Yesterday I was borrowing wood from the forest. I was gathering up the scrappy pieces of timber and trees that had lain over winter. I needed them for a fire. This is the beneficial litter on the forest floor, branches that fall away in storms, small trees that the Forestry workers had cut down and abandoned to rot because they were in the way of better quarry.
Still, I was feeling shifty.
”People were exiled to Van Diemen’s land for far less than this in the old days,” I said to my husband.
”Are you nervous?” he laughed.
”Well….,” I shrugged.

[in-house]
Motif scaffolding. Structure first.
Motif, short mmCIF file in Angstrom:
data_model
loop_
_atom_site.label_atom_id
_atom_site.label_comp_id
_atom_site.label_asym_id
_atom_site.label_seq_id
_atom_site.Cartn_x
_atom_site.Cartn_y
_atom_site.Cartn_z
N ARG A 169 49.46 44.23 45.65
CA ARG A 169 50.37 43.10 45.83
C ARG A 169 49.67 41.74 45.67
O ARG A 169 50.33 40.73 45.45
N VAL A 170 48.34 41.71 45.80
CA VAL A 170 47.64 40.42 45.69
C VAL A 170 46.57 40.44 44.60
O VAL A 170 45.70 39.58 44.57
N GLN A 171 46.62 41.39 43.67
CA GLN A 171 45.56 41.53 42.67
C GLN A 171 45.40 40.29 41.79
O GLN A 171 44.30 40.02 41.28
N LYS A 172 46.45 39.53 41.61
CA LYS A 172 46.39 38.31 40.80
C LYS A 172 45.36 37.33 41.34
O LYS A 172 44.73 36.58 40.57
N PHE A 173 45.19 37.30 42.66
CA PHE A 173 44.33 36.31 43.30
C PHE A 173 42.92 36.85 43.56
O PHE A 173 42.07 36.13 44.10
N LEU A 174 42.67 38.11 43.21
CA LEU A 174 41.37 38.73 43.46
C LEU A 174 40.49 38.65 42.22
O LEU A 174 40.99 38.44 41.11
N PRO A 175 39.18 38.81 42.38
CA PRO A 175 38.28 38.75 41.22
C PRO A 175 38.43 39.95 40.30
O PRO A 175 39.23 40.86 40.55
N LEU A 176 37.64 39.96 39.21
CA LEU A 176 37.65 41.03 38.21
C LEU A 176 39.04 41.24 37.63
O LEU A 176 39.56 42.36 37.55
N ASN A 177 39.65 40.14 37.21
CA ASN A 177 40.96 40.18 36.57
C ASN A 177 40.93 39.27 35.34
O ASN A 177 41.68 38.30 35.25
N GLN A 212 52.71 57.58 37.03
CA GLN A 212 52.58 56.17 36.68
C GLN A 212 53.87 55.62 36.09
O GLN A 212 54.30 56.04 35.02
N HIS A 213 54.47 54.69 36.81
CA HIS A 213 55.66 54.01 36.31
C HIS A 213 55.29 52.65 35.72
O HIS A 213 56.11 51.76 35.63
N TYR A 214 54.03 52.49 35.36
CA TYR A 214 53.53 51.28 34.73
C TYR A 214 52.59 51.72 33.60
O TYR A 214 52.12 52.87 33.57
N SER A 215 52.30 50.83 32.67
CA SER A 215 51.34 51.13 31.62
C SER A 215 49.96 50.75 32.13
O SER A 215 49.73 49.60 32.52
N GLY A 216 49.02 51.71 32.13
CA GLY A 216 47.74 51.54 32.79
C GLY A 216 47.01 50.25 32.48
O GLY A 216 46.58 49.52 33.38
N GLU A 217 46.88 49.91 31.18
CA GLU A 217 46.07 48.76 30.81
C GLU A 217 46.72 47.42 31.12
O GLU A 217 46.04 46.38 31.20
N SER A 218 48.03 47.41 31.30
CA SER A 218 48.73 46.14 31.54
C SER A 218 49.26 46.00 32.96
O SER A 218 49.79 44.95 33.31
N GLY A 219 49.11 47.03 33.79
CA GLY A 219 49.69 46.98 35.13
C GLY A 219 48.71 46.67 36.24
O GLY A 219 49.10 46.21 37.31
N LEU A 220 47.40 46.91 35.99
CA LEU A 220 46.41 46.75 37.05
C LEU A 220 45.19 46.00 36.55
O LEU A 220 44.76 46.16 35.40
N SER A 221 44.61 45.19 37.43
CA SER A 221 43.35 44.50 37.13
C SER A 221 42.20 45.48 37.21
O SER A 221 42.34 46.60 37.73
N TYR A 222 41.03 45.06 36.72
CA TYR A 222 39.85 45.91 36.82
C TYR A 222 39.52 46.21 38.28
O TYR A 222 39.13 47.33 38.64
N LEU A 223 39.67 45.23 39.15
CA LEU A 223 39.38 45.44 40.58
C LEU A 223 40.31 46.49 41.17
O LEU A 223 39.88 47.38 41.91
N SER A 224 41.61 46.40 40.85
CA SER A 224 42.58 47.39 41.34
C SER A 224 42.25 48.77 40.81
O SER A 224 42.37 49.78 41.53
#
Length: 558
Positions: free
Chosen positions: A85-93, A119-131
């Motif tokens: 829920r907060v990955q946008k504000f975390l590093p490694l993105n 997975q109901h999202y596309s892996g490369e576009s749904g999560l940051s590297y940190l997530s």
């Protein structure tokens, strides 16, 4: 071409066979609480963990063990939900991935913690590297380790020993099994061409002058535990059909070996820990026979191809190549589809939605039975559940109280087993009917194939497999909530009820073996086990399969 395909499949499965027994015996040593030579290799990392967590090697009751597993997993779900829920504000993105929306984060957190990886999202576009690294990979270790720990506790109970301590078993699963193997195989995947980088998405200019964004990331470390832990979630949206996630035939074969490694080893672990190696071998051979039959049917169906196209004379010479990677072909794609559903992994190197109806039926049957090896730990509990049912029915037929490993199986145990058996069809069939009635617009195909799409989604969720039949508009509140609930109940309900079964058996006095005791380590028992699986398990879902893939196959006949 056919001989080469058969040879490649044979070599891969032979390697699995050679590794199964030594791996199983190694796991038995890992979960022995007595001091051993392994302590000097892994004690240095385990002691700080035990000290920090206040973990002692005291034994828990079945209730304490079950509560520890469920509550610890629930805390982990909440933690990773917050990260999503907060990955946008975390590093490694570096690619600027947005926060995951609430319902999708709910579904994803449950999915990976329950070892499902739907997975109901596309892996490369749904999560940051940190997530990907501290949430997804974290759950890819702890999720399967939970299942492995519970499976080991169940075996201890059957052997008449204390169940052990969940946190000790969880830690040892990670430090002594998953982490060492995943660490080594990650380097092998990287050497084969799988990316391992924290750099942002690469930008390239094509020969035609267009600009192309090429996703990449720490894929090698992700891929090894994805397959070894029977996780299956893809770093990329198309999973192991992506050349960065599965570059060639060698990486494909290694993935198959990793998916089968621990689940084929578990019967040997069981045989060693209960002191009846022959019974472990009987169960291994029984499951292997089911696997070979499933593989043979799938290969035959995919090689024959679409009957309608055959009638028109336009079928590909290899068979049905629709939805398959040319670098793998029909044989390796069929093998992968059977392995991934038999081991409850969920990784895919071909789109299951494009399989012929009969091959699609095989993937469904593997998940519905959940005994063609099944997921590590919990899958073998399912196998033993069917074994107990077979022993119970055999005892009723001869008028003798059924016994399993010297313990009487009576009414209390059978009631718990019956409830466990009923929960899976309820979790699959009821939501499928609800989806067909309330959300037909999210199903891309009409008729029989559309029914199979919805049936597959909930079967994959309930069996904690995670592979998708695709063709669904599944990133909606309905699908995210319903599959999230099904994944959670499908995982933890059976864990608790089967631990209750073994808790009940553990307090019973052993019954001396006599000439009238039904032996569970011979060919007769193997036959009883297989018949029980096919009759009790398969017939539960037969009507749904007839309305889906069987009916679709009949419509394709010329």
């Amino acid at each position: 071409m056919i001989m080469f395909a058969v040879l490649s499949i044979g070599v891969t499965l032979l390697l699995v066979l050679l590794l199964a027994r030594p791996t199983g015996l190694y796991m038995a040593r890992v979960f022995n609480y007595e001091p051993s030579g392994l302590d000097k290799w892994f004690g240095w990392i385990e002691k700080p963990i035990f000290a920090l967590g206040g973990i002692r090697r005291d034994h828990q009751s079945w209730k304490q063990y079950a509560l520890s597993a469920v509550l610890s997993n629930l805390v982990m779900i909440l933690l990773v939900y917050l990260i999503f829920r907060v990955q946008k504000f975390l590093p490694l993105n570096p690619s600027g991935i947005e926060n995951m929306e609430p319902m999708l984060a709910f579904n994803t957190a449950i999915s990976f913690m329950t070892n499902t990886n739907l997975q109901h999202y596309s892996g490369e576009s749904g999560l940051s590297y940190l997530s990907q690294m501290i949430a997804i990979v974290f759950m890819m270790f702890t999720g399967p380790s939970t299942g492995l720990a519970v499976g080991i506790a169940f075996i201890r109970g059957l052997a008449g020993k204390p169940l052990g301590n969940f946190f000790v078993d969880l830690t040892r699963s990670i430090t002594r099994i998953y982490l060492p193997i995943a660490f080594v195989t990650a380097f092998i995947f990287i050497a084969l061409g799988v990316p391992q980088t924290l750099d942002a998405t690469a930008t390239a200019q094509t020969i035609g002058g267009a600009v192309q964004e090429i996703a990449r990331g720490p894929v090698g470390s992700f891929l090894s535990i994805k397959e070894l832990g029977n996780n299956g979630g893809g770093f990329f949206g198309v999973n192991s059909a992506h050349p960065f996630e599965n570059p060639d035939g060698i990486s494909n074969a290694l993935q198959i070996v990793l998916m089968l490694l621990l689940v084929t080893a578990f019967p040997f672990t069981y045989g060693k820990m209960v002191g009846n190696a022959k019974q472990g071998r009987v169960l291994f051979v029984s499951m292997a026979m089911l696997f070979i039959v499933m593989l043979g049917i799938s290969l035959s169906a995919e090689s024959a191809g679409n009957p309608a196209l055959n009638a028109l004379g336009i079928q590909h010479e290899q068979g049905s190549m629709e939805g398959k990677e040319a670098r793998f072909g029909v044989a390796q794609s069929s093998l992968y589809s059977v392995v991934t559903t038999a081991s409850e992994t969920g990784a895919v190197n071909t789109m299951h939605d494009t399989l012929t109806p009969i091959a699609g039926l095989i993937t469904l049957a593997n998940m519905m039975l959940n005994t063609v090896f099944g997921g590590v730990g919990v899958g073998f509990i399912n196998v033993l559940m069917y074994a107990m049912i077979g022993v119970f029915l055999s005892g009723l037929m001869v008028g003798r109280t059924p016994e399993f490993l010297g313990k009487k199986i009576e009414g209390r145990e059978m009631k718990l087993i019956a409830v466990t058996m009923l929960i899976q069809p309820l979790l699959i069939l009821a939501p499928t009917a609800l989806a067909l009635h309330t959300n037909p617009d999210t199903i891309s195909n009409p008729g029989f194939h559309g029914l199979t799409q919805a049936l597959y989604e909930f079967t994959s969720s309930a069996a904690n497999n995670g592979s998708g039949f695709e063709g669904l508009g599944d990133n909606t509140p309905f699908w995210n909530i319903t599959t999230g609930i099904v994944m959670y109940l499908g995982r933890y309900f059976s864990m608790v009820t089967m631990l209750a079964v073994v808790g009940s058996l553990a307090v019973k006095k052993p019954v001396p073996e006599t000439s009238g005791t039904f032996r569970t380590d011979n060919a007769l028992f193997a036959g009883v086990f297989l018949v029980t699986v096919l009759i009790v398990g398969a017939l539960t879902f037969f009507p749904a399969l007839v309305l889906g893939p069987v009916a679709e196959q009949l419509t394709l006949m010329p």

I covered the loot with an old sheet so we would not look brazen driving home with the back of the car full of branches. The smell of mould and wet wood filled the car. I had pine needles and beech leaves in my hair. As we drove along back home, a tractor was blocking the lane and a man in another car had pulled up alongside it for a chat.
”Jesus,” I said. ”They will say we were out stealing wood.”
”That fella in the tractor,” said my husband, ”might look like a harmless peasant, but his brother was caught running a brothel of women from Eastern Europe. And that man talking to him is his friend, and they are obviously both alright with that sort of thing. And you feel shame?”
Women in the backs of lorries and vans. Men in the holds of penal ships on the way to Tasmania.
”Sound horn,” I said.